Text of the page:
EMPIRE Zoysia is challenging St. Augustine

EMPIRE Zoysia is challenging St. Augustine

Richard Dymond, Bradenton (FL) Herald Staff Writer


EAST MANATEE – A narrow-blade grass from Brazil with a deep root system may one day challenge St. Augustine as the most popular lawn grass in Manatee County, a Schroeder-Manatee Ranch official said.


Developed in Brazil, EMPIRE® Zoysia has an underground root system that the hugely popular St. Augustine-Floratam doesn’t have and is about as easy to maintain, said Clive Morris, vice president of agriculture at SMR.


“St. Augustine has bigger leaves and thicker stems than Zoysia,” Morris said. “Zoysia goes deeper, has greater reserves and is a nicer looking grass.”


But agriculture officials caution that like all lawn grasses that grow in Florida’s hot, humid conditions, Zoysia isn’t without its problems.


Zoysia is susceptible to disease and insects like other grasses, said Laurie Trenholm, a University of Florida assistant professor in environmental horticulture.


“It’s not a miracle grass,” Trenholm said. “Zoysia has the potential of being the next best grass for use in home lawns, but I am not sure it is the EMPIRE Zoysia. In the meantime, it’s a very nice grass.”


SMR has 80 acres in EMPIRE Zoysia and pays a royalty to Sod Solutions, which owns the rights to it.


“We’ve been expanding it,” Morris said. “We feel bullish on Zoysia.”


Legends Walk subdivision is nearly 100 percent in Zoysia. The new grass is also displayed in front of Greenbrook’s State Road 70 entrance. The new Greenbrook East subdivision may use Zoysia for its medians and landscaping, Morris said.


Right now, sales of EMPIRE Zoysia make up only 8 percent of SMR’s $3 million turfgrass division, with St. Augustine coming in at 70 percent. But if it takes off as expected, the Zoysia could move up to 25 to 30 percent of the share, pulling St. Augustine down to roughly 50 percent, Morris said.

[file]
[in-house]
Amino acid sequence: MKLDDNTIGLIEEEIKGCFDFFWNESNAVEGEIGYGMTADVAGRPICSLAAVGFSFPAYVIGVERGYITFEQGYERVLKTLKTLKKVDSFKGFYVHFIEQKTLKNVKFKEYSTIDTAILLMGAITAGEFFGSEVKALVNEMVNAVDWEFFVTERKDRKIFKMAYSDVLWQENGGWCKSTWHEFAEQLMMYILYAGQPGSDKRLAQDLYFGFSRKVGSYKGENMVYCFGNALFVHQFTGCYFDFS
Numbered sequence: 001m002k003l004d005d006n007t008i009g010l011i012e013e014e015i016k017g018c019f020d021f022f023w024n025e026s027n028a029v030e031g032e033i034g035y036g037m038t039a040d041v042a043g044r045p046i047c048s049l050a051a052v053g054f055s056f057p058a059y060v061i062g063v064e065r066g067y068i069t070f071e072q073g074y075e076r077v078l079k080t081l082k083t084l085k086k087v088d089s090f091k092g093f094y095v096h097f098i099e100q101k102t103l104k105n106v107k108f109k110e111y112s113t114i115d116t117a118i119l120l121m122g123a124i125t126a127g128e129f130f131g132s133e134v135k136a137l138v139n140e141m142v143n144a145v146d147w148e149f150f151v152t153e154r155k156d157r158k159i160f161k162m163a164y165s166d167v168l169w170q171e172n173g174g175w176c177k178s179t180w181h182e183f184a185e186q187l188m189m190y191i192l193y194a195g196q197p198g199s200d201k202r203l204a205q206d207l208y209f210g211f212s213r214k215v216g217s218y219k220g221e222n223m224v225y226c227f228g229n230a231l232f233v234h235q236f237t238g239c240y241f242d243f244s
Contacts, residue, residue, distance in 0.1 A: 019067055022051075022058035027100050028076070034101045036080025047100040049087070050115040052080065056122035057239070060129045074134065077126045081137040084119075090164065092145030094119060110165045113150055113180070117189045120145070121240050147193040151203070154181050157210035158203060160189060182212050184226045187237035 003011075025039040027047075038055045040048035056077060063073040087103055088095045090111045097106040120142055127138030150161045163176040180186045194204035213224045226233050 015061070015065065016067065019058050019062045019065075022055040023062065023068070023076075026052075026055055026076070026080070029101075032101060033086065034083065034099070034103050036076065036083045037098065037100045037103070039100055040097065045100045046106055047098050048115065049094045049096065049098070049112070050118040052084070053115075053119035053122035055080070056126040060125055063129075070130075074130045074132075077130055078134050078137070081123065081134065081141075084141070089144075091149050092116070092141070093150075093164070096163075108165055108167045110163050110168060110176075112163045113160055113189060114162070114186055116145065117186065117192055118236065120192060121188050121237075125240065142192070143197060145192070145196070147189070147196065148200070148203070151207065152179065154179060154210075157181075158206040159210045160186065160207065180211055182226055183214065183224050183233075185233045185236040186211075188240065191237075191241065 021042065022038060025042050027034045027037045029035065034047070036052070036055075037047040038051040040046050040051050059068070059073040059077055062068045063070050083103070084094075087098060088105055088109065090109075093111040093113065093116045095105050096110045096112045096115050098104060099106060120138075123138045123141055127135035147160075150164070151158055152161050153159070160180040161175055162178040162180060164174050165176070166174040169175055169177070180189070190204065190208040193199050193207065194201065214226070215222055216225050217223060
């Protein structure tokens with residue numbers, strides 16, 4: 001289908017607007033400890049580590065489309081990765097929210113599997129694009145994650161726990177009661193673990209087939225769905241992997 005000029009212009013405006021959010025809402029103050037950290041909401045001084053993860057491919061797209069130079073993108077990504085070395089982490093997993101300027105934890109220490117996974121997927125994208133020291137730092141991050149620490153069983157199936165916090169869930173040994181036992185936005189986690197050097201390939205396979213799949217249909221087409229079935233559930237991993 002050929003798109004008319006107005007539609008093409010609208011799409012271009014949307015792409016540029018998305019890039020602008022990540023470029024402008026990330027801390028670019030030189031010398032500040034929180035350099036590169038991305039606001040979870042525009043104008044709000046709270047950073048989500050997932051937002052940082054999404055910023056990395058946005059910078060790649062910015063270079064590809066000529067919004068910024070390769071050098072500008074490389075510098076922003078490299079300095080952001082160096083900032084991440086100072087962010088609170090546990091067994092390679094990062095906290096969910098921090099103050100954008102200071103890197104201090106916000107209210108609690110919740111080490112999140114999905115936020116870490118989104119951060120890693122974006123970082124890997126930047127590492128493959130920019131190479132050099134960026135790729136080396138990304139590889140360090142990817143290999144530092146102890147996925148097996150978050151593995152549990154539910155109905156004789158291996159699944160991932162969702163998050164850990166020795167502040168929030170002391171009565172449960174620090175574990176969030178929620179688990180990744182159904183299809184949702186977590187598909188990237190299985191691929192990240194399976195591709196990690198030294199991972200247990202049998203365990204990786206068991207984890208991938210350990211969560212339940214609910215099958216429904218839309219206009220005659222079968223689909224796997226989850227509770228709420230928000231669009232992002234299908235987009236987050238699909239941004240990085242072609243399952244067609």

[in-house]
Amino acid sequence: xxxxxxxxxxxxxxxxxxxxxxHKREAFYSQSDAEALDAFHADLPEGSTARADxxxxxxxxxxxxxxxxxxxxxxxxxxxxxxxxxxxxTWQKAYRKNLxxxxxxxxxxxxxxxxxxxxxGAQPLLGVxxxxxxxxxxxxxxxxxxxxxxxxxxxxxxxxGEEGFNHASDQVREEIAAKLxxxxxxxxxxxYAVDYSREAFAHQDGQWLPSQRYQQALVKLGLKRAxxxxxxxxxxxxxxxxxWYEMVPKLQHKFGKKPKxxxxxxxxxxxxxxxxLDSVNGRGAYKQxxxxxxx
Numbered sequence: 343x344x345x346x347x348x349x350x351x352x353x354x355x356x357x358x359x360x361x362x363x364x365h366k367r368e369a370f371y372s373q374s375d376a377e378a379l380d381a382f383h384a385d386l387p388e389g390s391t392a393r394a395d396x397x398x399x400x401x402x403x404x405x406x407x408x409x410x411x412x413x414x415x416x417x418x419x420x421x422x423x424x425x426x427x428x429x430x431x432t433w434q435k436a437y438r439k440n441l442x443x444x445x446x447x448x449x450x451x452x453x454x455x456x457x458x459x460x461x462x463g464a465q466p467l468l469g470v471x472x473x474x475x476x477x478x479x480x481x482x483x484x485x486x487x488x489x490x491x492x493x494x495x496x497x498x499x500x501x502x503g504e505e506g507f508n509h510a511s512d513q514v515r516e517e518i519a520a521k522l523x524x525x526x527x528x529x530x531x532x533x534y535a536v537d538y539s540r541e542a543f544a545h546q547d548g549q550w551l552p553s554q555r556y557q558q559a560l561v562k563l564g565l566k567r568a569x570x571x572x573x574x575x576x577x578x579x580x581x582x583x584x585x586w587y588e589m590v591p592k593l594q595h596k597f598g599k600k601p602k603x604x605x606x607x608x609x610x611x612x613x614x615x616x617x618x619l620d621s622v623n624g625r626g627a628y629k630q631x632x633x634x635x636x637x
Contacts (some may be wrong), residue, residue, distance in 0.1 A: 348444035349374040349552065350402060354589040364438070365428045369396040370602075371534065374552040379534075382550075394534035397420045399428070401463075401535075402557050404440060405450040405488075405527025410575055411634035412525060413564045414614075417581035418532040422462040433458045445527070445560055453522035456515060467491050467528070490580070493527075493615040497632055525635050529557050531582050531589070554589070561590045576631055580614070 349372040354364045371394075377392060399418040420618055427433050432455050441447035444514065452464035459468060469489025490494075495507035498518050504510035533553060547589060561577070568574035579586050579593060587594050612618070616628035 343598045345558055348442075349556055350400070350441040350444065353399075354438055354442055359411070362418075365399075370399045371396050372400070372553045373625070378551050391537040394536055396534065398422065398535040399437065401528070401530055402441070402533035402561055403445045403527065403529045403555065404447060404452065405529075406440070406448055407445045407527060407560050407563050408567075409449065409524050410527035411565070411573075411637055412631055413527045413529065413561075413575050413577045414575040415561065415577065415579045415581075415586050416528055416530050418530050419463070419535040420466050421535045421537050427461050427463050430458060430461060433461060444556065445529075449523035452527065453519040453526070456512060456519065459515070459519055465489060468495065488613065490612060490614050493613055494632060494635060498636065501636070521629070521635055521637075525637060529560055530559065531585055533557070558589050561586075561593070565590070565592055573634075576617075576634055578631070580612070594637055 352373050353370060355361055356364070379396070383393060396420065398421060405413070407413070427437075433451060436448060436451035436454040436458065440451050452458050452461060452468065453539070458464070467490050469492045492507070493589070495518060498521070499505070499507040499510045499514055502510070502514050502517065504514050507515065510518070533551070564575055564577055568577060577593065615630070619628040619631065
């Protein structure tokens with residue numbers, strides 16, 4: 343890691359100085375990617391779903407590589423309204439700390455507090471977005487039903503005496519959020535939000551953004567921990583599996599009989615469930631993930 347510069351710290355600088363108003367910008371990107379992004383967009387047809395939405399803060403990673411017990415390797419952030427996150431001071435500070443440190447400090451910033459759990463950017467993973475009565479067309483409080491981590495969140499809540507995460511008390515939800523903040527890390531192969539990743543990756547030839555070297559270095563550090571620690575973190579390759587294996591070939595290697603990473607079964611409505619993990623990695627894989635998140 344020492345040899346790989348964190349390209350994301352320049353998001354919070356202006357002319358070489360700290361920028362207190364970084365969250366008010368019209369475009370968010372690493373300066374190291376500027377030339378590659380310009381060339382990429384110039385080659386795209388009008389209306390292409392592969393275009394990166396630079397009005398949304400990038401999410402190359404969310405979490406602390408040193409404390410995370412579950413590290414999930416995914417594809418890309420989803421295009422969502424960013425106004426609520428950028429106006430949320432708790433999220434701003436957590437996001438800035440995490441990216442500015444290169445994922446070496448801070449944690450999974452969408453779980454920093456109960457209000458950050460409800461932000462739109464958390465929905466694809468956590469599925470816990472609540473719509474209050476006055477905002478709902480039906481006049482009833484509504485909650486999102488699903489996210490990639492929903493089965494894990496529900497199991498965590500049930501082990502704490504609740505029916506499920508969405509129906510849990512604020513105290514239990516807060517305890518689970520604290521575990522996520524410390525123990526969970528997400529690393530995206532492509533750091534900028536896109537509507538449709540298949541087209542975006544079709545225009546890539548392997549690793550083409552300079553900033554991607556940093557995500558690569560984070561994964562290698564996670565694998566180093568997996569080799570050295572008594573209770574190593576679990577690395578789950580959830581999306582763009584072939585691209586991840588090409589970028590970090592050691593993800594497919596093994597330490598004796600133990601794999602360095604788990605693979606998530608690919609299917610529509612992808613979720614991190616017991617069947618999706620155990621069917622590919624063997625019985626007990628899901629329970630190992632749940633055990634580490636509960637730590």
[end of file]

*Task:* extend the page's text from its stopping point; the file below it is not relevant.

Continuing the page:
The turf industry is looking for an alternative to St. Augustine because St. Augustine requires so much supplemental water, said Mike Holsinger, a horticulture agent in Sarasota.


“In drought conditions, St. Augustine may not come back because it has a a shallower root system than Zoysia,” Holsinger said. “Zoysia will go into a little more of a dormancy.”


While both St. Augustine and Zoysia have an above-ground root system called stolons, Zoysia also has rhizomes, a system of underground runners.


Although it is more drought-resistent, Zoysia will turn brown when denied water, Morris said.


Zoysia is also a bit more expensive than St. Augustine. A builder will pay $200 to $300 more wholesale to put in a 5,000-square-foot lawn with EMPIRE Zoysia than St. Augustine, Morris said.


“The advantages that I see in Zoysia is that it holds its green color well, and you can use less nitrogen on it,” Trenholm said. “I wouldn’t want to use it in a really shady situation. The rhizomes do give it a little better stress tolerance.”


Besides developing Lakewood Ranch, SMR’s agriculture division produces roughly $8 million in gross income from the sale of turf grass, cattle, citrus, vegetables and trees.


Bradenton Herald, Bradenton, Fla.
December 18, 2003

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